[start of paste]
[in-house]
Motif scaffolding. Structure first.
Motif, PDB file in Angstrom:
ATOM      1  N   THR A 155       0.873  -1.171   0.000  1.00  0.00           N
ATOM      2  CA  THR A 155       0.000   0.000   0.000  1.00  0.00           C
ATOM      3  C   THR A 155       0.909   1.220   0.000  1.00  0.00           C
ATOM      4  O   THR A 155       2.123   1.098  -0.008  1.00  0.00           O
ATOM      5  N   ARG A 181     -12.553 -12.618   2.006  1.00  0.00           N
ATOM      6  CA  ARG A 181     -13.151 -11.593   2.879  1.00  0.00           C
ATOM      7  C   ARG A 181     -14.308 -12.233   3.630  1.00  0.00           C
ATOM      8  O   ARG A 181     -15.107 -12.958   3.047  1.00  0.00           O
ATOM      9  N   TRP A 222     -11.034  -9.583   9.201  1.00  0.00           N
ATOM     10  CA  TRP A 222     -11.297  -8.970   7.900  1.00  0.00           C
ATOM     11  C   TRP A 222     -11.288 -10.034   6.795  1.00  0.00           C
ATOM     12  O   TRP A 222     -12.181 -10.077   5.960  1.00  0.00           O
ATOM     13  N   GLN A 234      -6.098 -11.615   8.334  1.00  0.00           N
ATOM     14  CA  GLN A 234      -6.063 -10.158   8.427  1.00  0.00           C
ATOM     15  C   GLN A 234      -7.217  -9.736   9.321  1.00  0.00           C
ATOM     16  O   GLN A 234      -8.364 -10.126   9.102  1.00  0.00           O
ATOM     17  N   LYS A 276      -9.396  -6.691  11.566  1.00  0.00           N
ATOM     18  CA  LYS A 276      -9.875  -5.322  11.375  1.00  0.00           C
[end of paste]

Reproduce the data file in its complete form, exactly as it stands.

[in-house]
Motif scaffolding. Structure first.
Motif, PDB file in Angstrom:
ATOM      1  N   THR A 155       0.873  -1.171   0.000  1.00  0.00           N
ATOM      2  CA  THR A 155       0.000   0.000   0.000  1.00  0.00           C
ATOM      3  C   THR A 155       0.909   1.220   0.000  1.00  0.00           C
ATOM      4  O   THR A 155       2.123   1.098  -0.008  1.00  0.00           O
ATOM      5  N   ARG A 181     -12.553 -12.618   2.006  1.00  0.00           N
ATOM      6  CA  ARG A 181     -13.151 -11.593   2.879  1.00  0.00           C
ATOM      7  C   ARG A 181     -14.308 -12.233   3.630  1.00  0.00           C
ATOM      8  O   ARG A 181     -15.107 -12.958   3.047  1.00  0.00           O
ATOM      9  N   TRP A 222     -11.034  -9.583   9.201  1.00  0.00           N
ATOM     10  CA  TRP A 222     -11.297  -8.970   7.900  1.00  0.00           C
ATOM     11  C   TRP A 222     -11.288 -10.034   6.795  1.00  0.00           C
ATOM     12  O   TRP A 222     -12.181 -10.077   5.960  1.00  0.00           O
ATOM     13  N   GLN A 234      -6.098 -11.615   8.334  1.00  0.00           N
ATOM     14  CA  GLN A 234      -6.063 -10.158   8.427  1.00  0.00           C
ATOM     15  C   GLN A 234      -7.217  -9.736   9.321  1.00  0.00           C
ATOM     16  O   GLN A 234      -8.364 -10.126   9.102  1.00  0.00           O
ATOM     17  N   LYS A 276      -9.396  -6.691  11.566  1.00  0.00           N
ATOM     18  CA  LYS A 276      -9.875  -5.322  11.375  1.00  0.00           C